Petition against pharmacy prescribing pilot

4 minute read

A Queensland GP is urging the Premier and Health Minister to consider the trial’s many risks to patients and public health.

A Queensland GP has launched a petition to Premier Annastacia Palaszczuk and state Health Minister Yvett D’Ath, urging them to stop the proposed “North Queensland Pharmacy Scope of Practice Trial”, in which pharmacists would be able to diagnose and manage a list of 23 conditions.  

Dr Stephanie Dawson-Smith from Chermside writes on that the trial should be opposed on multiple grounds, including “unconscious incompetence” on the part of pharmacists; the lack of rigorous evaluation; more antibiotic prescribing promoting antimicrobial resistance; fragmentation of primary care; and the likelihood of a “hammer and nail” problem, in which participants would be biased towards seeing a condition on their list rather than an alternative that also fits the symptoms.  

The RACGP, ACRRM and the AMA have all withdrawn their representatives from the trial’s steering group since the proposal and their involvement became public.  

The list of conditions/needs that pharmacists would be able to diagnose and manage under the proposal after a short training course – reported to be 120 hours – includes type 2 diabetes, hypertension, GORD, asthma, COPD, herpes zoster, eczema, psoriasis, acne, oral contraception and travel medicine.  

“Being able to purchase antibiotics from a pharmacist without a prescription from a doctor used to signify that you were in a developing nation,” Dr Dawson-Smith writes. “The sale of these antibiotics by pharmacists in developing countries is known to contribute to antimicrobial resistance.”

But that ship has sailed, she writes, in the form of the UTI prescribing trial, already under way in Queensland and granted an indefinite extension: “Unfortunately, the success of this pilot has been based on how much patients liked being able to access antibiotics for a possible UTI without seeing a doctor, rather than on appropriate clinical outcome measures.” That pilot is not running as a clinical trial, with a control arm or rigorous evaluation, and there is no suggestion the new proposed pilot will either.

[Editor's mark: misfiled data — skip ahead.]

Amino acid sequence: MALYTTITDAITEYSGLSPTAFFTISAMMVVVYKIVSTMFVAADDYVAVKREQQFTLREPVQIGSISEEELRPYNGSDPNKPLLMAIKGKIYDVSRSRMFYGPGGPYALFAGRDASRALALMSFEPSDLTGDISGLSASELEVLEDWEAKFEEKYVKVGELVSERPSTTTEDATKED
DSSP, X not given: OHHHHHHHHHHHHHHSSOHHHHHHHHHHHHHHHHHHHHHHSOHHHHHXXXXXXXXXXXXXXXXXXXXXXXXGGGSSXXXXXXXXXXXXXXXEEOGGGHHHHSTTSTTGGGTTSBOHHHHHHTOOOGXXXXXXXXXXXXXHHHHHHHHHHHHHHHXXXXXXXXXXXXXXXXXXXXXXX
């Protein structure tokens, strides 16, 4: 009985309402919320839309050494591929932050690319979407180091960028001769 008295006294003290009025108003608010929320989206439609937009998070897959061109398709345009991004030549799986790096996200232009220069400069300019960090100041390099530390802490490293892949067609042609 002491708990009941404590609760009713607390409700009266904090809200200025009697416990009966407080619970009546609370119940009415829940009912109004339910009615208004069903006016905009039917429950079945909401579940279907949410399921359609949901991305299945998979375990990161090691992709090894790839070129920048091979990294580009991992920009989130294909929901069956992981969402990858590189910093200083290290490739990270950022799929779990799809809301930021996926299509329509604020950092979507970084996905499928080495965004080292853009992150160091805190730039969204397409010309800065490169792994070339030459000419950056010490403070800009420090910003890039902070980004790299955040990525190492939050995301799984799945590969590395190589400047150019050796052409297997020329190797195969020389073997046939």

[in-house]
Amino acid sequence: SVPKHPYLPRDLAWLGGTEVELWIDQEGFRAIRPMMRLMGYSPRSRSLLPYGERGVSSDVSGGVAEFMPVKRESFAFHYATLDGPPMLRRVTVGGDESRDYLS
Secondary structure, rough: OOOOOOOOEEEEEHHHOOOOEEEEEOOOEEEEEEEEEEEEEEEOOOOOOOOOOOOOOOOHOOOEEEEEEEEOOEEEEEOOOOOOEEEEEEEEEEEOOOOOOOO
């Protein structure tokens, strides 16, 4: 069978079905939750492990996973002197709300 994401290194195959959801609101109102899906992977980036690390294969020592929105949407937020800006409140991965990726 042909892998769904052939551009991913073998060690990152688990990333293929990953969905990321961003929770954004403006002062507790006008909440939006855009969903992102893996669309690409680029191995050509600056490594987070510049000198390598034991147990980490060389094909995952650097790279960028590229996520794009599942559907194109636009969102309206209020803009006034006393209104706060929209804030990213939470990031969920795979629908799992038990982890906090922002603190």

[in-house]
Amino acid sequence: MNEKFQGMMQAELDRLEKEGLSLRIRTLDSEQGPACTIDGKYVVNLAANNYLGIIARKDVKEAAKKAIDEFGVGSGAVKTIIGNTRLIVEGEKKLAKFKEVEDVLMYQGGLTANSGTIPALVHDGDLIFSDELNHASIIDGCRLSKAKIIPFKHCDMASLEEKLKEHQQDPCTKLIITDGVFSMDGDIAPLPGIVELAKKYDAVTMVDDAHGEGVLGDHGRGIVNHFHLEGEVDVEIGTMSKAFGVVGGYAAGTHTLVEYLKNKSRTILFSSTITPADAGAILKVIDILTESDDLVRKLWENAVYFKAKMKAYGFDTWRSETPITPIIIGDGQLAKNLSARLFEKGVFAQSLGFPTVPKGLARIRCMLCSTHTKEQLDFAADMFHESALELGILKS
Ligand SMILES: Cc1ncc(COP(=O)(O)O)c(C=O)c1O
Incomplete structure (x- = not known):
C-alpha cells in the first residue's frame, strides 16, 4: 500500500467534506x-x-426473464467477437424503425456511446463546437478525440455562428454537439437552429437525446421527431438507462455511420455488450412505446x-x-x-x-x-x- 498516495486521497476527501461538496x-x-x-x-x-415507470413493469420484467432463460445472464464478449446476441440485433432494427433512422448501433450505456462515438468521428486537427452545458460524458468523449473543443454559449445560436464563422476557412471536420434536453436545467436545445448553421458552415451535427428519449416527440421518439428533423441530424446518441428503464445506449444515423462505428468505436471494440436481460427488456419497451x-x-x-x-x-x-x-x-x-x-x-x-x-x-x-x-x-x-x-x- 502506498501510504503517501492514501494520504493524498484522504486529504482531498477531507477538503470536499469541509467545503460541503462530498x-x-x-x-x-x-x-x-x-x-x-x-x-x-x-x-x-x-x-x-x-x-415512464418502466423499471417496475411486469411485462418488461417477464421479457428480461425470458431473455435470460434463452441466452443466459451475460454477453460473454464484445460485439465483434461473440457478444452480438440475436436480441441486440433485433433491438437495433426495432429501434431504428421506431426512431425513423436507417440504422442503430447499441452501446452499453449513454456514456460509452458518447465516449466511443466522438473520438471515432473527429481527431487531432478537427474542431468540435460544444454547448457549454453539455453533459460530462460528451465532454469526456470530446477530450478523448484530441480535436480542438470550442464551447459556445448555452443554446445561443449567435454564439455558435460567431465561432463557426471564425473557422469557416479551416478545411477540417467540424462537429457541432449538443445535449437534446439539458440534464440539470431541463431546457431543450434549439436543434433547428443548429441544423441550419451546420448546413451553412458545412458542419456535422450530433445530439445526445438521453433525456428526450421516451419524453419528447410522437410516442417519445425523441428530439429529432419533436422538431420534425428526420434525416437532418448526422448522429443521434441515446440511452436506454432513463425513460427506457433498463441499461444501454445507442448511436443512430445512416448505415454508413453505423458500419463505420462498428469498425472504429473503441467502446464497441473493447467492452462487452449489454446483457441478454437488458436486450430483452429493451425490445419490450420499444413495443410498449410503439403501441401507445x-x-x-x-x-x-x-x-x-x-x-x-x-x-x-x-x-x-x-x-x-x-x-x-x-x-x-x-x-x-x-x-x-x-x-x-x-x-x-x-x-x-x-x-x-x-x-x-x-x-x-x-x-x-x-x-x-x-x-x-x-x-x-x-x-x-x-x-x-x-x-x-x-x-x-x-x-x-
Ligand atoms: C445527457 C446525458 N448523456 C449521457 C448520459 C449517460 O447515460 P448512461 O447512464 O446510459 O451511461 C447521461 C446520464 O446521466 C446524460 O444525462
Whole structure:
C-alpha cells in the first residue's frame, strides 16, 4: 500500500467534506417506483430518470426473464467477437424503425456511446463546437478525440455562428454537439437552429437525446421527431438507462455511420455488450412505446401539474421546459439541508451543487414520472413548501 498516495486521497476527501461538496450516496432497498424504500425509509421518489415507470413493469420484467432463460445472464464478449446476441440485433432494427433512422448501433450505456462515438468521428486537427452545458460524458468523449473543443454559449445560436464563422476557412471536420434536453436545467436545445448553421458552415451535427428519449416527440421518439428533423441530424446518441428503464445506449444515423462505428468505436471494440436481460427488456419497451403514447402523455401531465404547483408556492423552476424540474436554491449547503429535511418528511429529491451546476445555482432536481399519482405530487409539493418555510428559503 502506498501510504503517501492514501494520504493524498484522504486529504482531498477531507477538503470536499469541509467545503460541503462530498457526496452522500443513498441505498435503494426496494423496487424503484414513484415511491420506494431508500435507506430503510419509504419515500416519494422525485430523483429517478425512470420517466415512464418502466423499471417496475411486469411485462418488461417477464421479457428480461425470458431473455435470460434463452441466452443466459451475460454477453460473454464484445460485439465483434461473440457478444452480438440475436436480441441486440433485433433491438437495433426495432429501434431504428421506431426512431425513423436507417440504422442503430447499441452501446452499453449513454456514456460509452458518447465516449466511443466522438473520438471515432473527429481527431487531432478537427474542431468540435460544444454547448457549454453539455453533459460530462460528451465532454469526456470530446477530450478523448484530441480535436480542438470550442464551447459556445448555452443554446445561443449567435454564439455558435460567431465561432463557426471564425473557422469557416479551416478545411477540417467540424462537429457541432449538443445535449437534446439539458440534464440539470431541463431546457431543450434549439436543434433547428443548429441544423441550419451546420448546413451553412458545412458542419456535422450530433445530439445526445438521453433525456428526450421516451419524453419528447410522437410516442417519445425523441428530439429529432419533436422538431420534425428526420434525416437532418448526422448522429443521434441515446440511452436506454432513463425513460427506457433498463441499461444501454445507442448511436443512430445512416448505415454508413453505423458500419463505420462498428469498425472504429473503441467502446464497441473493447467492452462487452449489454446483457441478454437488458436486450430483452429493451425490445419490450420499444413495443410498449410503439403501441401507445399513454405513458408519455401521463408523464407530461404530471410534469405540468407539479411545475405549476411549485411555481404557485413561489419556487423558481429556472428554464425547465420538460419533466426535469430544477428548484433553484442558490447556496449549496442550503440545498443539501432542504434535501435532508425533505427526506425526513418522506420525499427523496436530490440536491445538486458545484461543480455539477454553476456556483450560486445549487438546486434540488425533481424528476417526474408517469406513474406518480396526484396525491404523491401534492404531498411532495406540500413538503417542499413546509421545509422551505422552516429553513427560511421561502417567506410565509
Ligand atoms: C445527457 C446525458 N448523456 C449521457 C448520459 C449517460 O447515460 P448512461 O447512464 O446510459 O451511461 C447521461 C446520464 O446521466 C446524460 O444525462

TUESDAY UPDATE: The AMA has called on Queensland Health to release the results of this trial, which it has deemed very successful

“We have no idea of the success or otherwise of the UTI prescribing trial, which started in 2018 and was recently extended indefinitely,” AMA Queensland president Professor Chris Perry says.

“It was not a clinically-registered trial, and the only evaluation we have seen so far is the number of prescriptions written.

“We don’t know how many pharmacists performed a basic urine test before diagnosing a bacterial infection and selling antibiotics.

“We don’t know if any follow-up was done to see how many patients subsequently sought further treatment from a GP, or presented to an emergency department, or were later diagnosed with a more serious condition, including cancer.”

Pharmacists are likely to miss serious clinical conditions, Dr Dawson-Smith writes, “as their lack of adequate knowledge and experience would put them in the perilous position where they do not know what they do not know: unconscious incompetence”. 

Given a lack of training and experience in history-taking and examinations, pharmacists will not be able to consider clinically important differential diagnoses to the ones on their list, Dr Dawson-Smith writes, nor will they have access to pathology and imaging. For example, GORD is on the list, but ischaemic heart disease, peptic ulcer disease, Crohn’s disease, oesophageal and gastric cancers are not.  

This is the “when all you have is a hammer, everything looks like a nail” problem.  

“Inescapably, there will be confirmation bias to see a provisional diagnosis that is on their list, a diagnosis that does not require utilising investigations that they cannot access.” 

Finally, without being able to provide the range of allied health and non-pharmaceutical care that a GP will coordinate, for example, for a T2Dm patient, inserting a pharmacist will only disrupt the continuity of patient care.  

As of this afternoon the petition had reached nearly 2500 signatures. 

You can read in full and sign the petition at

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